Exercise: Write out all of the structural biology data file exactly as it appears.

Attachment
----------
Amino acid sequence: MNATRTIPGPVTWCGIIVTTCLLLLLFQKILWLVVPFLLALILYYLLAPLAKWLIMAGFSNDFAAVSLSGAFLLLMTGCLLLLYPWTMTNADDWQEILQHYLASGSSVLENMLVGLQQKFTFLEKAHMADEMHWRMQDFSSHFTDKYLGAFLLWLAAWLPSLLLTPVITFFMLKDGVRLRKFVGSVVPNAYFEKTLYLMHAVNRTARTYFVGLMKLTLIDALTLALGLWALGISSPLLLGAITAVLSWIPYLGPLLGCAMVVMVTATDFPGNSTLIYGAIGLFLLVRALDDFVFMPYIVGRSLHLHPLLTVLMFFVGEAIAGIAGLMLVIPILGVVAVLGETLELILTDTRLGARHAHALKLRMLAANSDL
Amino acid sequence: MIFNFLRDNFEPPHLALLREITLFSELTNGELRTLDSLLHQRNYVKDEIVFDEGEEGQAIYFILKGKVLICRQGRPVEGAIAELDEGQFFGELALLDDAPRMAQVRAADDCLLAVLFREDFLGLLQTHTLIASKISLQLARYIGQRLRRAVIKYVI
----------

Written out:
Amino acid sequence: MNATRTIPGPVTWCGIIVTTCLLLLLFQKILWLVVPFLLALILYYLLAPLAKWLIMAGFSNDFAAVSLSGAFLLLMTGCLLLLYPWTMTNADDWQEILQHYLASGSSVLENMLVGLQQKFTFLEKAHMADEMHWRMQDFSSHFTDKYLGAFLLWLAAWLPSLLLTPVITFFMLKDGVRLRKFVGSVVPNAYFEKTLYLMHAVNRTARTYFVGLMKLTLIDALTLALGLWALGISSPLLLGAITAVLSWIPYLGPLLGCAMVVMVTATDFPGNSTLIYGAIGLFLLVRALDDFVFMPYIVGRSLHLHPLLTVLMFFVGEAIAGIAGLMLVIPILGVVAVLGETLELILTDTRLGARHAHALKLRMLAANSDL
Amino acid sequence: MIFNFLRDNFEPPHLALLREITLFSELTNGELRTLDSLLHQRNYVKDEIVFDEGEEGQAIYFILKGKVLICRQGRPVEGAIAELDEGQFFGELALLDDAPRMAQVRAADDCLLAVLFREDFLGLLQTHTLIASKISLQLARYIGQRLRRAVIKYVI